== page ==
Forever branded | Daily News

Forever branded

A minority reflects on the Easter mayhem

In the predominantly Muslim Colombo suburb in which I live, the mood is sombre, the air heavy, the tension palpable, at the supermarket on Saturday (27) afternoon, just a week after the deadly Easter Sunday bombings.
The faces I scan show, if not fear, then consternation; not just one group of faces, but all – no matter the race, the age, the social class. Terrorism, is then, a deadly equalizer. And there is, above all, an air of resignation, a demeanour that gives away that this is no new demon, but a nemesis ever shadowing Sri Lankans.
Not surprising then that staples such as milk and ‘tinned fish’ (as in local parlance) have been cleaned off the supermarket shelves, so used to ‘stocking up for an emergency’ are we Sri Lankans.
Just a few weeks ago, it was the searing heat and relentless power shutdowns that we were preoccupied with, that dealt a body blow to the economy; how that pales in comparison to the diabolical Easter Sunday bloodshed.
As I stand in the supermarket queue among a multiracial, multiethnic, multi-religious group, a middle-aged Muslim lady greets a young Muslim man she obviously knew, with the familiar Arabic, “As Salaam Alaikum.” He responds, “Wa Alaikum Salaam.” They then proceed to speak in my mother tongue; so I understand their conversation, although I’m sure they don’t think I would.
She complains that after the Easter Sunday attacks, the supermarket has temporarily suspended accepting phone and utility bill payments. Dialog has cut her mobile phone connection as this is the end of the month and she has reached her credit limit. He replies that she can try the Dialog customer care centre a kilometre away, and then they both realize that it would close soon, as people hurry home before curfew.

Self-imposed curfew

Veritably, even if the government hadn’t ordered it, there was a self-imposed curfew among the people last week – Sinhala, Tamil, Muslim or Burgher, they wanted to be home before dusk, not willing to take any risk, what with search operations ongoing countrywide and the grisly pictures of what began as a seemingly innocuous Easter morning indelibly printed in their minds. For, whether ‘the Mother of Satan’ or an RPG, a bomb does not discriminate – the victims of the Easter bombings included locals and foreigners, Buddhists, Hindus and Muslims apart from Christians, and saddest of all, some 45 children, even toddlers.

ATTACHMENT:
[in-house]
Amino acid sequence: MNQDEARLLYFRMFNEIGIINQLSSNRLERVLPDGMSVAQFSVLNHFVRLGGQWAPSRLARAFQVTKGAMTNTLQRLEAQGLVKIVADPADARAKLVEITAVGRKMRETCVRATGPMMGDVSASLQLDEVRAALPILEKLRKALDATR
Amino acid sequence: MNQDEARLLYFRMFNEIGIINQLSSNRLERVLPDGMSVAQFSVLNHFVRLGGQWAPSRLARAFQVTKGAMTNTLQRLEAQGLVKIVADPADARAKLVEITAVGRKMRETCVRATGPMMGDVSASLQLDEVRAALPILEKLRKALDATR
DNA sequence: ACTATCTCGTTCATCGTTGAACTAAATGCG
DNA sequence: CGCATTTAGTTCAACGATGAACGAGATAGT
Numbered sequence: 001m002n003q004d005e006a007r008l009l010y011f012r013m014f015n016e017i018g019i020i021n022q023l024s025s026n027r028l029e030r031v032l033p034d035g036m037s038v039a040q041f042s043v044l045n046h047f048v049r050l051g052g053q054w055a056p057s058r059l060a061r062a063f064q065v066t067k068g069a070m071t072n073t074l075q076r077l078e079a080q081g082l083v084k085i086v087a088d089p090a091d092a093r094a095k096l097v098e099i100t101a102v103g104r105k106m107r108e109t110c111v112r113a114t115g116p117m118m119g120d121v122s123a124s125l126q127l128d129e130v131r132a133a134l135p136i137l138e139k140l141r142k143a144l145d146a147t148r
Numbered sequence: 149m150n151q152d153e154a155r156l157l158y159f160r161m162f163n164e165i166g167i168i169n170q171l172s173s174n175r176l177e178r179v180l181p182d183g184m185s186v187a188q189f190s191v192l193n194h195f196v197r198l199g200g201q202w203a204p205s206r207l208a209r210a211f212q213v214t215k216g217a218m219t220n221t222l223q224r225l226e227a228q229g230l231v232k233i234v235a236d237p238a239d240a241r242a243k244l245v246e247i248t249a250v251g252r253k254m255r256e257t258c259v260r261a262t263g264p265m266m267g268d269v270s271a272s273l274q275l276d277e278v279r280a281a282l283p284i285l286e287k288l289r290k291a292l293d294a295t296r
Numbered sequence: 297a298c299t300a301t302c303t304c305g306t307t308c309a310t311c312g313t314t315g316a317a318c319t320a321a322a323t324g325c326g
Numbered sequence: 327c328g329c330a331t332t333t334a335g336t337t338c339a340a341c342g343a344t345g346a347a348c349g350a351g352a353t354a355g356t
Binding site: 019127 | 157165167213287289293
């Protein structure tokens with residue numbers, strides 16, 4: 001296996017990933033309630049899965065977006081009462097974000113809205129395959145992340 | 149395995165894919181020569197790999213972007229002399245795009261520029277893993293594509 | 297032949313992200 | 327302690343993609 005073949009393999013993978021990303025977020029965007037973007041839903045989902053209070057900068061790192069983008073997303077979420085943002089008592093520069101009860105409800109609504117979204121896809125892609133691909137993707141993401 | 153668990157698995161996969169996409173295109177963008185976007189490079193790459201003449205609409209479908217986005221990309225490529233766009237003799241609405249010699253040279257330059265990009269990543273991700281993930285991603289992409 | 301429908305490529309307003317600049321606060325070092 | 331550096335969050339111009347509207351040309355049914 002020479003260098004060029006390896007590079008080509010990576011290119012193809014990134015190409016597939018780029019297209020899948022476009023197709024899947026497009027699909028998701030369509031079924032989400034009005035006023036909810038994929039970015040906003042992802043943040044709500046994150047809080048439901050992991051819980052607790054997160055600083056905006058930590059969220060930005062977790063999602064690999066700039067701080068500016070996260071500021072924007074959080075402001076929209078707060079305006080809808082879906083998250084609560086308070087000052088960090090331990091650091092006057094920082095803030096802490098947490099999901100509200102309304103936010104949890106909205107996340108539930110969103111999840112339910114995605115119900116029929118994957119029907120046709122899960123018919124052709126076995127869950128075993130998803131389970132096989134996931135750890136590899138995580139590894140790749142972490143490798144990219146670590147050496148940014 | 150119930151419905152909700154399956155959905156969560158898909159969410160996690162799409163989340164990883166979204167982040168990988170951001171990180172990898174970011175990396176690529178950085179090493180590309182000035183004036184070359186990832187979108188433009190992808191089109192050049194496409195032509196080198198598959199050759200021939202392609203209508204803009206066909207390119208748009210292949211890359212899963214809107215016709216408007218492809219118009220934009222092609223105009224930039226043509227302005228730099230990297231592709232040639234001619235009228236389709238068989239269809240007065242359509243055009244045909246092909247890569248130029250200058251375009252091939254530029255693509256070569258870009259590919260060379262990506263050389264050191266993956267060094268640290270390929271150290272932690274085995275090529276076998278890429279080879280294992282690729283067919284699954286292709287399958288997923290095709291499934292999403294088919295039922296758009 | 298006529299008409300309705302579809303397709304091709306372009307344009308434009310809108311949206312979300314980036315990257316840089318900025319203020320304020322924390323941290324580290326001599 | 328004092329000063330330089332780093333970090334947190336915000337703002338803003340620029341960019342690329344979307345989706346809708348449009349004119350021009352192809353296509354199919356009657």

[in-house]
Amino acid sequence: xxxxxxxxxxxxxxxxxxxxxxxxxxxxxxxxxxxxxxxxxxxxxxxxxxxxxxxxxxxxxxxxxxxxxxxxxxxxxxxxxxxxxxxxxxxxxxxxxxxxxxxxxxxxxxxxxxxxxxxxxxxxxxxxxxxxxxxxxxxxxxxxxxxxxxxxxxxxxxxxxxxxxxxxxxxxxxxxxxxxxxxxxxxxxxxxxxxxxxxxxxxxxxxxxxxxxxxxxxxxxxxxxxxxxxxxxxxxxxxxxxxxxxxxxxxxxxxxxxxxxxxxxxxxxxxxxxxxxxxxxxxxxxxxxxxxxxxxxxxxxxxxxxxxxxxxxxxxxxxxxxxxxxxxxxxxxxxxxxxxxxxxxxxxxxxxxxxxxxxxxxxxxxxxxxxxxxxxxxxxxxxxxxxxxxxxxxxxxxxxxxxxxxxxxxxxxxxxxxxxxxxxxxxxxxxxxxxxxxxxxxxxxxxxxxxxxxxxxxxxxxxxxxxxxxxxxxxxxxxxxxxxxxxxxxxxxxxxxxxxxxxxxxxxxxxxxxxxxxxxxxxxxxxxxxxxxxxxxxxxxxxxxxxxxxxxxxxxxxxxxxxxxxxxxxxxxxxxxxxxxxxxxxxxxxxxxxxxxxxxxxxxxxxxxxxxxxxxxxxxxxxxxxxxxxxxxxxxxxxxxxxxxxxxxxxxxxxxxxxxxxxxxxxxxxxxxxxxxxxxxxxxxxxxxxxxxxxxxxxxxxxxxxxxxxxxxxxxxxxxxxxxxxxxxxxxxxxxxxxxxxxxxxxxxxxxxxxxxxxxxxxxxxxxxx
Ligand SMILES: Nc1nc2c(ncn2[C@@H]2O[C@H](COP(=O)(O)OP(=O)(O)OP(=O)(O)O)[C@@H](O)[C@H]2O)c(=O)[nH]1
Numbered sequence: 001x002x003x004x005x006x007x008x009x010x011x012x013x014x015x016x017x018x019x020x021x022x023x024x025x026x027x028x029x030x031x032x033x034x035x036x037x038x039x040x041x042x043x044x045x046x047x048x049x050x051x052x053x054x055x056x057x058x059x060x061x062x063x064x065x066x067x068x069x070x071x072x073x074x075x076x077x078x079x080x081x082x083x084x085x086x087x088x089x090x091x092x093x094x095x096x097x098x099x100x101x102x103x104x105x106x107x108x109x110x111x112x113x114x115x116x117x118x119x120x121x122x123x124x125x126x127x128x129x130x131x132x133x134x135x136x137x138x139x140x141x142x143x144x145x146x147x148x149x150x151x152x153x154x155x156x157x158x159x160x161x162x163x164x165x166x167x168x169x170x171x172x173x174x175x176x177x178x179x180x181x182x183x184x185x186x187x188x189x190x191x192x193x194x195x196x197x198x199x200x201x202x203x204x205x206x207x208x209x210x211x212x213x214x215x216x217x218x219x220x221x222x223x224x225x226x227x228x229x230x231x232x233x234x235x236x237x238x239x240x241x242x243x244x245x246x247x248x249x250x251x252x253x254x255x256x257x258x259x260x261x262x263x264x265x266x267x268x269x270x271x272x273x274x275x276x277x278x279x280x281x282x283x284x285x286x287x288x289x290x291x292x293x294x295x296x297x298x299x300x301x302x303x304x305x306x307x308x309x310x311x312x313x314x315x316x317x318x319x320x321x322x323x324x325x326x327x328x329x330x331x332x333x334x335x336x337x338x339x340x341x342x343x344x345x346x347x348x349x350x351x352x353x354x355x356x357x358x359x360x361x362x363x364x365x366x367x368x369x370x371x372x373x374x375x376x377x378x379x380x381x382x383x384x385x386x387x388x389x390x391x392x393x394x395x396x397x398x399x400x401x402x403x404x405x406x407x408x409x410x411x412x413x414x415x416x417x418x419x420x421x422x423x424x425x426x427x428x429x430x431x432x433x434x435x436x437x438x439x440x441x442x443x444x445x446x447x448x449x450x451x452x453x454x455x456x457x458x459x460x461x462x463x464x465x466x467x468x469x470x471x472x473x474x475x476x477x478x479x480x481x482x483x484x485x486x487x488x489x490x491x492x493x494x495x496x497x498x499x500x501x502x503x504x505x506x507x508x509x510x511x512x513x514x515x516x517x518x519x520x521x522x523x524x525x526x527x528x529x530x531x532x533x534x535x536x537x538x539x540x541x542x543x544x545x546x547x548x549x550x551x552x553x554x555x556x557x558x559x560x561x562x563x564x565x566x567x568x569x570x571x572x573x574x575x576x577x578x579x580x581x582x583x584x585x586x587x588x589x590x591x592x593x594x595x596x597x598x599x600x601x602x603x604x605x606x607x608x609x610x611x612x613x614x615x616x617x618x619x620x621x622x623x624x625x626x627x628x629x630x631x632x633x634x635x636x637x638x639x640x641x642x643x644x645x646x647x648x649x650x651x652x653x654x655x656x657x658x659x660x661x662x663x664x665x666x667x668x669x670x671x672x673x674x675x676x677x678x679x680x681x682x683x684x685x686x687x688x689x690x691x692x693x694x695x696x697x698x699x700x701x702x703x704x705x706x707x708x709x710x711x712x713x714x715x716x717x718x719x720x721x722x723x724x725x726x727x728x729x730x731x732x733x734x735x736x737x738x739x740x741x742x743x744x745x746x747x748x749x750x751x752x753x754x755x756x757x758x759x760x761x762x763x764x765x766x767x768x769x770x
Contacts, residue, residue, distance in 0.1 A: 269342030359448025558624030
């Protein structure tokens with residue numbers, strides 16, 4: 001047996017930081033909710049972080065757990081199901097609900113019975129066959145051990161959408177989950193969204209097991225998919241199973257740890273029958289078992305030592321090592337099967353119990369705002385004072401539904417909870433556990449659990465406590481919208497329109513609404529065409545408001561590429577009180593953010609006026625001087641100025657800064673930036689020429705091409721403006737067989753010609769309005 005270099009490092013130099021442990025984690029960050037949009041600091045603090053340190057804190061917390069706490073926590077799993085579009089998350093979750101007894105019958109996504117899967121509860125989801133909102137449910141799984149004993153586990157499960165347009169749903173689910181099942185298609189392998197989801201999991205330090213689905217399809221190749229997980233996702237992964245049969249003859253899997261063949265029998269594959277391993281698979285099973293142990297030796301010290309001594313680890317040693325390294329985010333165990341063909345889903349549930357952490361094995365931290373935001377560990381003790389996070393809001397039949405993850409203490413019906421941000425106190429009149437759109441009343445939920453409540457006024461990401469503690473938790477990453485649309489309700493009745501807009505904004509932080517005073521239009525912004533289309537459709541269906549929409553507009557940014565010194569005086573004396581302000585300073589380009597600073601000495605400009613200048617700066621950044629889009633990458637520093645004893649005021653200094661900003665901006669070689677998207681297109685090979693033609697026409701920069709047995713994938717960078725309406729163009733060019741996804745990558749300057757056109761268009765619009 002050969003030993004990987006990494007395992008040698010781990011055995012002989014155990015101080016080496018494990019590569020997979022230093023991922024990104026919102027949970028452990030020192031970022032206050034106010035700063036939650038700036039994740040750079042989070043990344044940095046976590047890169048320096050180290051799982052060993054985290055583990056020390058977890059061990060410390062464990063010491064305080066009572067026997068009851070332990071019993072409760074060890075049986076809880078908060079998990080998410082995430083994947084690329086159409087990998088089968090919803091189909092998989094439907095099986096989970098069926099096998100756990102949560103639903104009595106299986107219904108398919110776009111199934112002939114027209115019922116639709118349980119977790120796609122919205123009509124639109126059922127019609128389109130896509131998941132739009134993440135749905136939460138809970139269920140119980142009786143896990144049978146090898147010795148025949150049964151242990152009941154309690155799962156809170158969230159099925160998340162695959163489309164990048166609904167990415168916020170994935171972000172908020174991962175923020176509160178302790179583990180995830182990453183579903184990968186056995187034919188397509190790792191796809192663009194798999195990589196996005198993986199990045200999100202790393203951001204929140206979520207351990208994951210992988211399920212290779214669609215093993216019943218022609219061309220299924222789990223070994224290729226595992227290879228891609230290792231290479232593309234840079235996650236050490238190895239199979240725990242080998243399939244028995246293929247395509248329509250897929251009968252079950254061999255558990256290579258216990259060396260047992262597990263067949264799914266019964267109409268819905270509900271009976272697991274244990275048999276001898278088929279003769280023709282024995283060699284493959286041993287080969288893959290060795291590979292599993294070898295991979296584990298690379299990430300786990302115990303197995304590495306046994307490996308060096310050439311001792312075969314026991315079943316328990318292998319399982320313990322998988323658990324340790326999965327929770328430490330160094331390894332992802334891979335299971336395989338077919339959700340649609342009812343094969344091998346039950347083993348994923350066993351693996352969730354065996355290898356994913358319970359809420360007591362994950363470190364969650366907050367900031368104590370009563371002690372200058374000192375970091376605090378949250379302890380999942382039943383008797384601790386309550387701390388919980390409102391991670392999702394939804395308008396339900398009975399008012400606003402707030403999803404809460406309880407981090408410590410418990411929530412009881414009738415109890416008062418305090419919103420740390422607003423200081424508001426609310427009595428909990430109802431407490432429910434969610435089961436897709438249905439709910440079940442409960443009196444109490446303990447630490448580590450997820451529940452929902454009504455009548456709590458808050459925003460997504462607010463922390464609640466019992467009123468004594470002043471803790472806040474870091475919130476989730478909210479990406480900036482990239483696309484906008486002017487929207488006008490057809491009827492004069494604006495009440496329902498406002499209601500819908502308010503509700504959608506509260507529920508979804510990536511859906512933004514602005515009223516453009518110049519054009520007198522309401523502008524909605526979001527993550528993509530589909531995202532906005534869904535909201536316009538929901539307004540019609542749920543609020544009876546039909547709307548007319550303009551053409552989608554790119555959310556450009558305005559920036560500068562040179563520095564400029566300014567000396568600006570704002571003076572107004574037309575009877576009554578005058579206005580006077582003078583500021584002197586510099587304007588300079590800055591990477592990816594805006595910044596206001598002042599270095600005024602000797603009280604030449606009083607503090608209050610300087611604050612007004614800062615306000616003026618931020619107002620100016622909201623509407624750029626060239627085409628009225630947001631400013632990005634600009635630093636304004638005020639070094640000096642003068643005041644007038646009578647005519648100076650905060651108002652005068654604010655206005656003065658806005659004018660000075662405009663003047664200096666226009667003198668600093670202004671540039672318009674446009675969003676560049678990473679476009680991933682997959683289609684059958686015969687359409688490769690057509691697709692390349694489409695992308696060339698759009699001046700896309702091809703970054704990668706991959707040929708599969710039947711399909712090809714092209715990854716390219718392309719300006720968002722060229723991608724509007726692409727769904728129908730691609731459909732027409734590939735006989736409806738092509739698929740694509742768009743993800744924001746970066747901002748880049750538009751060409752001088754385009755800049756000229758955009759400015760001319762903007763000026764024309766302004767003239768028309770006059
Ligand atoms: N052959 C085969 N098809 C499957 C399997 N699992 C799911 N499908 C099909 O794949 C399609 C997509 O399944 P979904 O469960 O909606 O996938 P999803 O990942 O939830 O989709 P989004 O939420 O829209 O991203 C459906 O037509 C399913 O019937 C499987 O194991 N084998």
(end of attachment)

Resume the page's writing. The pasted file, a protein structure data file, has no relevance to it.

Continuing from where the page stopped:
As I went about my errands in my neighbourhood last weekend, I looked at my Western clothes and sent a silent ‘thank you’ heavenward. For, I’m often thought to be Sri Lankan Moor or Malay, both of which I’m not.
Relief mixed with guilt mixed with sadness mixed with empathy.
Relief not to be the targeted ethnic group as we once were; the guilt of one who did not face the terror attacks; sadness at the unimaginable suffering of the victims and their relatives; empathy which stretched like a silent bond as I pondered the fear the Muslims in my neighbourhood must feel, a fear I’m all too familiar with.
For I’m a minority thrice over – of race, religion and gender. My identity is then like a mosaic, a kaleidoscope of ever-changing patterns, one I understand so well, yet that seems strange to others.
A few weeks ago, on a late evening commute from work, the familiar fear I knew as a young girl and a young woman coursed through my veins, as a group of young boys boarded the rather empty bus and proceeded to taunt and mock a middle-aged Chinese couple. How thankful was I, and I’m sure the Chinese couple, as more passengers got in.
How well I remember the day when I was very young, when my cousin, playmate and best friend, whom I lost to cancer 25 years ago, announced to me that we were Tamil; I vehemently disagreed and insisted we were English, and so a rare dispute arose between us. We decided to settle it by asking Akka, my older and wiser elder sister; it was a moment of truth indeed, when she did confirm that we were Tamil, which drastically changed my seven-year-old worldview. So dejected was I that day, that the library of Enid Blytons, annuals, and more was not something intrinsic to my culture. One of the greatest gifts my parents bestowed me was the love of books and indeed, names of iconic London landmarks such Tottenham Court Road and Paddington Station evoke  similar sentiments as would enjoying Vesak pandals or the Vel festival.